Jesus: God With Us,
Part 3 of 3
God with us: Jesus forgave sins
God with us: Jesus forgave sins
As mentioned in several of the passages quoted in the last article, the number one enemy we need saving from is sin. This is the reason given for the name Jesus:
Jesus’ healings represented something far more profound than mere physical and mental soundness—they proved he had been given power to forgive sins. This parallel between healing and forgiveness is described in the Old Testament:
He made people whole.
Matthew frequently makes this important connection in his gospel. The Greek word (┮ώ┕┺) for “save” in the announcement, “for he shall save his people from their sins.” (Matt 1:21) is the same word translated “made whole” in the healings of Jesus (see, for example, Matt 9:20-22; 14:34-36 ┙┞┒┮ώ┕┺ derived from ┮ώ┕┺).
He took our infirmities and bore our sicknesses.
Jesus’ healing of those who were sick is said to fulfill a prophecy of Isaiah:
Surprisingly, the passage clearly refers to forgiveness of sins:
The Son of man has power on earth to forgive sin.
Perhaps the most impressive example is Jesus’ healing of the man with palsy.
Jesus first ‘healed’ the man by forgiving him of his sins, and then, to prove he had this power, he healed the man of his palsy. It seems Jesus might have stopped after the first step if the scribes had not challenged his authority. Forgiveness was Jesus’ priority; the physical healing was just an outward sign of the inward reality. Of course, the man benefited from both.
The sick need a physician and sinners need to repent.
Jesus applied the parallel between healing (the sick need a physician, not those who are whole) and the forgiveness of sins. He called sinners to repentance, not the righteous.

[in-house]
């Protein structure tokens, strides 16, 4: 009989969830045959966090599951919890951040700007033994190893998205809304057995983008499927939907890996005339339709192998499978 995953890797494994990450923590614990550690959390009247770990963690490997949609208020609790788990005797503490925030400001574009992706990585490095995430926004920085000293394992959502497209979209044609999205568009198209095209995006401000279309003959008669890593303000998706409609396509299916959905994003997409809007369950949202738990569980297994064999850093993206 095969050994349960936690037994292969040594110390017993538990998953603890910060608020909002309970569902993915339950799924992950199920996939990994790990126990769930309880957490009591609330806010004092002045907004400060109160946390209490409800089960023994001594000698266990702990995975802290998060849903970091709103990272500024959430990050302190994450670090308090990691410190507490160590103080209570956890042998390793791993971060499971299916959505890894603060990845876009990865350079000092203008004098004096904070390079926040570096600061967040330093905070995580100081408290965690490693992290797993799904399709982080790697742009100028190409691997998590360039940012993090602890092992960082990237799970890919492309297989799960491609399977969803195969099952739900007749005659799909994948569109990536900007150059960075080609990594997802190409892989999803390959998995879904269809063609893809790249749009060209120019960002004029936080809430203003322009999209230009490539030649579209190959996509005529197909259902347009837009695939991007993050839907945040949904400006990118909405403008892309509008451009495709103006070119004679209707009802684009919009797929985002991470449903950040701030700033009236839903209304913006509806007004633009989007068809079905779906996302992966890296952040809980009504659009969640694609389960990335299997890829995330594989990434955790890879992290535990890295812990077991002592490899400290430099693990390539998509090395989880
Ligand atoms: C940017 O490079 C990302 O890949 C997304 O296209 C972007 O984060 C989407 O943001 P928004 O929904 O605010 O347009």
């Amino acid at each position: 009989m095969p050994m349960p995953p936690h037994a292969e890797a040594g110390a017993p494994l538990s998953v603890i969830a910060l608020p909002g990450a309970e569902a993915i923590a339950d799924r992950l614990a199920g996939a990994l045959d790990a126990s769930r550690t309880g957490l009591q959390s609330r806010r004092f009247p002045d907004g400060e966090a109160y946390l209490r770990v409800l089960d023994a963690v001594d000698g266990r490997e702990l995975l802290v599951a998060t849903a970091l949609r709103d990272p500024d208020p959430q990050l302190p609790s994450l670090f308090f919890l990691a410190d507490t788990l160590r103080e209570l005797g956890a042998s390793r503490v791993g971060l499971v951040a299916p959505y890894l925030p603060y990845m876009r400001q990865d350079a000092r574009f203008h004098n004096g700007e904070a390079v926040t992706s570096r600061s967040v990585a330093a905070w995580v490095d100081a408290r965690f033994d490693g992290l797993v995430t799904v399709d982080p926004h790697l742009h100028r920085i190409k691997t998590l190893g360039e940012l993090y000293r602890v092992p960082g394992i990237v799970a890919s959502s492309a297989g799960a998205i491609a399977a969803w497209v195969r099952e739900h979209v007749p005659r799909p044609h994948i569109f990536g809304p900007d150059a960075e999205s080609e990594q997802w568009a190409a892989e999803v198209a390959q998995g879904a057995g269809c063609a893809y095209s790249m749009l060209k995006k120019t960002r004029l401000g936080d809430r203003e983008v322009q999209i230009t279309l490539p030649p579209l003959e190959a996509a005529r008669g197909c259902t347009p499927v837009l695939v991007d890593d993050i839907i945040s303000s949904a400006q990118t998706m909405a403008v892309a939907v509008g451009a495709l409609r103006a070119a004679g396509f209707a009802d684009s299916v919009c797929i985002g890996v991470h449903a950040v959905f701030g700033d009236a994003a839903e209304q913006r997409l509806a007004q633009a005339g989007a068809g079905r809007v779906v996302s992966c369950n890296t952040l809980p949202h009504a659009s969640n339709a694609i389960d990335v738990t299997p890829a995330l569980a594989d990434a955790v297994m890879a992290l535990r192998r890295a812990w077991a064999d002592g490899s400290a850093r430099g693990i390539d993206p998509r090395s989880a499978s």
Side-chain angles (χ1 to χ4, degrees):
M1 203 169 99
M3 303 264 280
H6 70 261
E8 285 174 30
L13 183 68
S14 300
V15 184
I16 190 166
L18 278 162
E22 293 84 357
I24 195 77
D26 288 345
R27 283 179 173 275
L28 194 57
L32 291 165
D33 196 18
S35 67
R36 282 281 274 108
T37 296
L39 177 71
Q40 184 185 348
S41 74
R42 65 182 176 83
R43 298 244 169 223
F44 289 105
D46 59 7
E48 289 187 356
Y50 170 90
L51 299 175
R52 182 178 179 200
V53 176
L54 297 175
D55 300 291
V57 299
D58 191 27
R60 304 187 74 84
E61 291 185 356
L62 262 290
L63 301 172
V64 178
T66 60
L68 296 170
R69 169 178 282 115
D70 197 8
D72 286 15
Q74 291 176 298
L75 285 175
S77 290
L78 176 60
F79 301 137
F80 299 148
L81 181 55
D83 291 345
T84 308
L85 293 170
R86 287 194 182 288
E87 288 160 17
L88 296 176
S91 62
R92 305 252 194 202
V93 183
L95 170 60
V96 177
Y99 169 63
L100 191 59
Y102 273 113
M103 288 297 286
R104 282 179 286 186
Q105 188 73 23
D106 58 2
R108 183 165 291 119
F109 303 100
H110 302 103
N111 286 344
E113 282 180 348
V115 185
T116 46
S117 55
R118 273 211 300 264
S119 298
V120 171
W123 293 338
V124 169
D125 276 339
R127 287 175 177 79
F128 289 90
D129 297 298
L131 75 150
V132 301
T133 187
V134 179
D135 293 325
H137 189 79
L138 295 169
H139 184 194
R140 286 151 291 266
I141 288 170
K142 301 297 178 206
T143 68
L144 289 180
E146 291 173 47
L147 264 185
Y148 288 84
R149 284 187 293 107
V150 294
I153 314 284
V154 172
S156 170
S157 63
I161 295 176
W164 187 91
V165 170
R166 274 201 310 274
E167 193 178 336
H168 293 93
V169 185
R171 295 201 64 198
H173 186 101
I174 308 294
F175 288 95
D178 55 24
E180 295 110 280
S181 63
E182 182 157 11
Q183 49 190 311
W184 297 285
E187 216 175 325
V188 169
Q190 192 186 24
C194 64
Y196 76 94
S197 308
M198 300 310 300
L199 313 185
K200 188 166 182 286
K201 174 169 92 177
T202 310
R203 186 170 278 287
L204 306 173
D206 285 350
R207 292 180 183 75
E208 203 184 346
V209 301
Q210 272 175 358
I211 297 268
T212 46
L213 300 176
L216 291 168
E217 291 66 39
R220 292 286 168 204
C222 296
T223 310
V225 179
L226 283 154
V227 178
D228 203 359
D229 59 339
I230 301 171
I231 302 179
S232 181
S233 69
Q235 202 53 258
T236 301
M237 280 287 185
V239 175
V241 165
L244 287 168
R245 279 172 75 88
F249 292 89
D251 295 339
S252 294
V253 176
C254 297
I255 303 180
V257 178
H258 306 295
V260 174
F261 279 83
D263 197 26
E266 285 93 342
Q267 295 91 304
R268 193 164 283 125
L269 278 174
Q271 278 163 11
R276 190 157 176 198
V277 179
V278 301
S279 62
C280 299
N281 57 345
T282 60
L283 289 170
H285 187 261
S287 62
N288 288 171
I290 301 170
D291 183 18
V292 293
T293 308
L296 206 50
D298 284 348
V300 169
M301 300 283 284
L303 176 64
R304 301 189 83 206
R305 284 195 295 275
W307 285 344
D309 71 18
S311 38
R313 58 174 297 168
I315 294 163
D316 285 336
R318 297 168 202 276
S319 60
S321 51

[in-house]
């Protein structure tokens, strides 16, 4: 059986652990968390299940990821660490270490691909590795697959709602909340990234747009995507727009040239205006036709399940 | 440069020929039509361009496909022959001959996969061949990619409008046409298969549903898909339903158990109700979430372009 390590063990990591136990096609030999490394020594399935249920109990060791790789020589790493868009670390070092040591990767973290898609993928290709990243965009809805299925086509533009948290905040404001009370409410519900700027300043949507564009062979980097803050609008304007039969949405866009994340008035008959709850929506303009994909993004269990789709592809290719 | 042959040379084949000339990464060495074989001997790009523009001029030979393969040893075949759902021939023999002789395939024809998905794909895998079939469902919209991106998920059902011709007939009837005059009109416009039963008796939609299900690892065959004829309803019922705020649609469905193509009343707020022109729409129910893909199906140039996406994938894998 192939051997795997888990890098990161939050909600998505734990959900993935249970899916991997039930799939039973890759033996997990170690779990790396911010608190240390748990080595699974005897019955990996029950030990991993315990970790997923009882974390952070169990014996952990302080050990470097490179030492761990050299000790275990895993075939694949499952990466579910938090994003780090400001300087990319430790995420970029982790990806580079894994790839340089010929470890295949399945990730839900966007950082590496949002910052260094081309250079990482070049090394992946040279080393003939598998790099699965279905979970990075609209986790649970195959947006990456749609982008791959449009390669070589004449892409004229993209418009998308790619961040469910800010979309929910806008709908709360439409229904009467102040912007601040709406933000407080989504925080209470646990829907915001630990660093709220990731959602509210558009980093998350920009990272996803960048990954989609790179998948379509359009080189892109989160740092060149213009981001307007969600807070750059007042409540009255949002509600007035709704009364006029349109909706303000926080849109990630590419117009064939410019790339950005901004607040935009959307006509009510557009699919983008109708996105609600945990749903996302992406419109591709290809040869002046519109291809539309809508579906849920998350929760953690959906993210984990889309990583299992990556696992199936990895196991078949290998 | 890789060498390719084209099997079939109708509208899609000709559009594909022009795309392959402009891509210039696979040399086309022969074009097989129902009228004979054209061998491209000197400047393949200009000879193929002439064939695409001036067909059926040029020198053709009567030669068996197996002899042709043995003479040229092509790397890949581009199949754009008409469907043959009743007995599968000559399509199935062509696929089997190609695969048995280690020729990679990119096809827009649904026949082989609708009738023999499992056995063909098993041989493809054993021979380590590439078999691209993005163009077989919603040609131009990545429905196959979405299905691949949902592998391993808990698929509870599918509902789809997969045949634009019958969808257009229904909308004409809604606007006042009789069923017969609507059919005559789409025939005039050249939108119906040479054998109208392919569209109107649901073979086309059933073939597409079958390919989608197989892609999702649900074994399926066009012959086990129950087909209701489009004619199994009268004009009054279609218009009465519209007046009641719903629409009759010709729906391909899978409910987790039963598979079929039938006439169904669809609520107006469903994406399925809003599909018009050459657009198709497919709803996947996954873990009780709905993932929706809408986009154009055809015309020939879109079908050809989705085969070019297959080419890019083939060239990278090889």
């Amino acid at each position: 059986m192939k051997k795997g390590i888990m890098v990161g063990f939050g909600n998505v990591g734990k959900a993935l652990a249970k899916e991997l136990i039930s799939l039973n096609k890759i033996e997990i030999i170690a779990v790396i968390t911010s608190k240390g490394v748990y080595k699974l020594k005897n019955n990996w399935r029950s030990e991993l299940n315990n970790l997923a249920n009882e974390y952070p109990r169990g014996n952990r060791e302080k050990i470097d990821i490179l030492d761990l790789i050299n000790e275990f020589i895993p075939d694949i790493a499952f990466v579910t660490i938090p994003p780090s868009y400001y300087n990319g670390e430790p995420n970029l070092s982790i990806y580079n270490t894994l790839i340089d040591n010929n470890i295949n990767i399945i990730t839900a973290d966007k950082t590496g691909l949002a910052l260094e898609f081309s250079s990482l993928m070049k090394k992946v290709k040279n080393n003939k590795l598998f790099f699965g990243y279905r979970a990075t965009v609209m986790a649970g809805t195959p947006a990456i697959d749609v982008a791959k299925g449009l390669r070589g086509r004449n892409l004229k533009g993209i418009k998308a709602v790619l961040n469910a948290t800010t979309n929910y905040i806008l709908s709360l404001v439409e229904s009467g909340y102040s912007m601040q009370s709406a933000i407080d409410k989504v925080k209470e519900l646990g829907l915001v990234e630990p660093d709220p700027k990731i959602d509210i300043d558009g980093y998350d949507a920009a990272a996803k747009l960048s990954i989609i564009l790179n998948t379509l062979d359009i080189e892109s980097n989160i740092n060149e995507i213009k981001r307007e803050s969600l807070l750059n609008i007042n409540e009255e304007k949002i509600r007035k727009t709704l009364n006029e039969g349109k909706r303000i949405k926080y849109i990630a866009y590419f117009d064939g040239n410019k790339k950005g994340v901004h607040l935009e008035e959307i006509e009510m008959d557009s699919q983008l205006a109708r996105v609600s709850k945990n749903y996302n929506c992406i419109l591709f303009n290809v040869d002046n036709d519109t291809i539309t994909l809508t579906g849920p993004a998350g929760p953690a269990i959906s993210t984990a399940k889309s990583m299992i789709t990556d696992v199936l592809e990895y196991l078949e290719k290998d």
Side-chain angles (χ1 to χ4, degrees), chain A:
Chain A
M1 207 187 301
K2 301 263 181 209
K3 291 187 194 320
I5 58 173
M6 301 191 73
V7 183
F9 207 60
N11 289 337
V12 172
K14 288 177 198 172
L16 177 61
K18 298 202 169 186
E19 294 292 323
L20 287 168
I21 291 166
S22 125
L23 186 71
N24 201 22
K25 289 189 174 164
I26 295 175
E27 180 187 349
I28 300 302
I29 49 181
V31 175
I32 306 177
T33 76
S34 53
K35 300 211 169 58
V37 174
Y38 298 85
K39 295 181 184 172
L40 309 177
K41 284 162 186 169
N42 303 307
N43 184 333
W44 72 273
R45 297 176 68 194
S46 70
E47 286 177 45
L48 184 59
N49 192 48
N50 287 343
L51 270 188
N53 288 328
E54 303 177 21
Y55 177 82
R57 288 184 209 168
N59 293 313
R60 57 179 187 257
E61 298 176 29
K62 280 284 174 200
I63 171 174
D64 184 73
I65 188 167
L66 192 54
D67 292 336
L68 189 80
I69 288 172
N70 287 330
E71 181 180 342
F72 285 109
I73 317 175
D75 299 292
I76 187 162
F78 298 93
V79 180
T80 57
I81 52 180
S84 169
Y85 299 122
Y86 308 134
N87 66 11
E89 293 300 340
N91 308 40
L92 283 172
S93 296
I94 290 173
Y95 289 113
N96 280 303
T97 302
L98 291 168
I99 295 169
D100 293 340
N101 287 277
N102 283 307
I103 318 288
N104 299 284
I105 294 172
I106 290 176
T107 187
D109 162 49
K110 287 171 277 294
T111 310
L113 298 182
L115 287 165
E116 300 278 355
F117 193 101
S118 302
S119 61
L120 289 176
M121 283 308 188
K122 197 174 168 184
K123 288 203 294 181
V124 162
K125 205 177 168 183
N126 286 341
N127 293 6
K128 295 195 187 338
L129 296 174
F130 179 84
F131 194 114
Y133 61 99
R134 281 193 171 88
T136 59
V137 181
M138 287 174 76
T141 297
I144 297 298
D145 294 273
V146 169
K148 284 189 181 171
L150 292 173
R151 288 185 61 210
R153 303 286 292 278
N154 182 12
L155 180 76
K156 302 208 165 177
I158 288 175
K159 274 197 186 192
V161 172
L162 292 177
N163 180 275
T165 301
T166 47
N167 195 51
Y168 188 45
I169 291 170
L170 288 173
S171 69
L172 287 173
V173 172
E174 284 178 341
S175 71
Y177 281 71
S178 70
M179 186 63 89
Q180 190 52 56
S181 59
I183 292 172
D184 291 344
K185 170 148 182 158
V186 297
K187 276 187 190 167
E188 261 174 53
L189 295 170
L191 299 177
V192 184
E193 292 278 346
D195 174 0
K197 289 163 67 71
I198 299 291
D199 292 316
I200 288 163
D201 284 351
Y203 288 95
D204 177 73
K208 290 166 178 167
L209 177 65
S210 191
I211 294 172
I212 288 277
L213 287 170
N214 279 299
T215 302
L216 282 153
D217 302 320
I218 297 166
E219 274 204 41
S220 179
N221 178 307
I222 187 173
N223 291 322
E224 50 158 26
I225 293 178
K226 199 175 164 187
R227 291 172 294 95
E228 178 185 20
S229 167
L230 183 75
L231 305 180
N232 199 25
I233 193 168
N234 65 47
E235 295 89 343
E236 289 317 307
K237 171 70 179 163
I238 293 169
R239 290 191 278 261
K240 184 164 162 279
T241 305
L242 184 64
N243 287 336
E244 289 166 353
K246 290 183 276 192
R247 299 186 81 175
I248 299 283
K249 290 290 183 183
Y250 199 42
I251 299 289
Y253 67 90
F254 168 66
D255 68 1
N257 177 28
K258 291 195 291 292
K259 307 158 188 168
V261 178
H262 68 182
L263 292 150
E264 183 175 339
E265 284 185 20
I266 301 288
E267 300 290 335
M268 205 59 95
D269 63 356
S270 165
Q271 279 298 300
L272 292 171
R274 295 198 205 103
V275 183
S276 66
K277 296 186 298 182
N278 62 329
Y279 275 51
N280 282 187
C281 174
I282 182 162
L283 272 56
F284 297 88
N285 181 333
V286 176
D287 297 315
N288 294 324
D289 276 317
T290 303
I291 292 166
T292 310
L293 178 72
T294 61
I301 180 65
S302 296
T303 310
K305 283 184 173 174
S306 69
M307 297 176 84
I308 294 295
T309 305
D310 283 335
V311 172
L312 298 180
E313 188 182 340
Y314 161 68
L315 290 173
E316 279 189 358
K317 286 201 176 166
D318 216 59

Lest they convert and be healed/be forgiven. When asked to explain why he taught in parables, Jesus quoted the following passage from Isaiah:
Healing and forgiveness are two sides to the same coin. Both have to do with making a person whole…The Aramaic Targum of Isaiah translates the last line, “And repent, and it be forgiven them.” Mark’s parallel passage cites this Targum, “That seeing they may see, and not perceive; and hearing they may hear, and not understand; lest haply they should turn again, and it should be forgiven.” (Mark 4:12). In contrast, Matthew cites the Hebrew:
Again, the key to clearing up the apparent inconsistency is the connection between healing and forgiveness. They are two sides to the same coin. Both have to do with making a person whole; in one case, outward wholeness and in the other, inward wholeness. Healing is a blessing and forgiveness is an even greater blessing. As the Son of man, Jesus has the power to do both.
God with us: Jesus fed the multitudes, twice
The blessings of the covenant include God’s provision for an abundance of food:
There are two episodes in Matthew’s gospel that describe Jesus miraculously feeding a multitude (Matt 14:13-21; 15:32-39). In each episode, Jesus was testing the disciples. Did they have faith that God would provide food? Did they believe God was with them through His son? John makes it explicit Jesus was testing the disciples:
The testing aspect of these feeding episodes arises again (Matt 16:6-12), where Jesus applies Isaiah 6:9-10 to the disciples.
Instead of having confidence that God through Christ was with them to protect them even amid these life-threatening storms,
they feared, they doubted, they showed little faith.
God with us: Jesus calmed the seas, twice
There are two episodes where Jesus calmed storms at sea (Matt 8:23-28; 14:22-33). In both cases, the disciples feared for their lives. In the first episode, the storm caused the ship to be covered with waves, but Jesus was asleep.